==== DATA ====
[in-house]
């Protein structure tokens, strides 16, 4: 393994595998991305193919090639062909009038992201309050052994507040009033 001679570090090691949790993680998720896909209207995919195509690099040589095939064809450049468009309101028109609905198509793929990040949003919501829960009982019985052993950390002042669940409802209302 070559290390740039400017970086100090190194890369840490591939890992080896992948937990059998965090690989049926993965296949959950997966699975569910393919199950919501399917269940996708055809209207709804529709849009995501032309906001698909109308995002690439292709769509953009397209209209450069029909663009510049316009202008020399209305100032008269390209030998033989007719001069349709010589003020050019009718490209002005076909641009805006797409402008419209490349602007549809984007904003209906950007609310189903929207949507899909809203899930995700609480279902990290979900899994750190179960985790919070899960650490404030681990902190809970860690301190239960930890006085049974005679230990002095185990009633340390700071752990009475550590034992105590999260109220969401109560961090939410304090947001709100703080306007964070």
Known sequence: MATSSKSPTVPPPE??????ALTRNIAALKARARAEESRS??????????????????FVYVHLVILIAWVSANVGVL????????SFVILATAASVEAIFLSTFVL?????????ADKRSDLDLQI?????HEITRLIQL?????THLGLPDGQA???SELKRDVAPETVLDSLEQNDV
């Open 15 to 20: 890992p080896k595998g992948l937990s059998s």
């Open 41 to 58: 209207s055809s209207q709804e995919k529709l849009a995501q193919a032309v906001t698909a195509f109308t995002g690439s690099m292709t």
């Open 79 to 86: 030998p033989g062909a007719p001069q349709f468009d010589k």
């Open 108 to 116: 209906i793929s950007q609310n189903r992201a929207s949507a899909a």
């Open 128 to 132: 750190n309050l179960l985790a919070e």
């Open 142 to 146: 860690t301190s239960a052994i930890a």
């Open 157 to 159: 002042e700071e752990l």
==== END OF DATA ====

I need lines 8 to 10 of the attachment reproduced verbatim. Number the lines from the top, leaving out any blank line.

């Open 128 to 132: 750190n309050l179960l985790a919070e």
């Open 142 to 146: 860690t301190s239960a052994i930890a």
């Open 157 to 159: 002042e700071e752990l």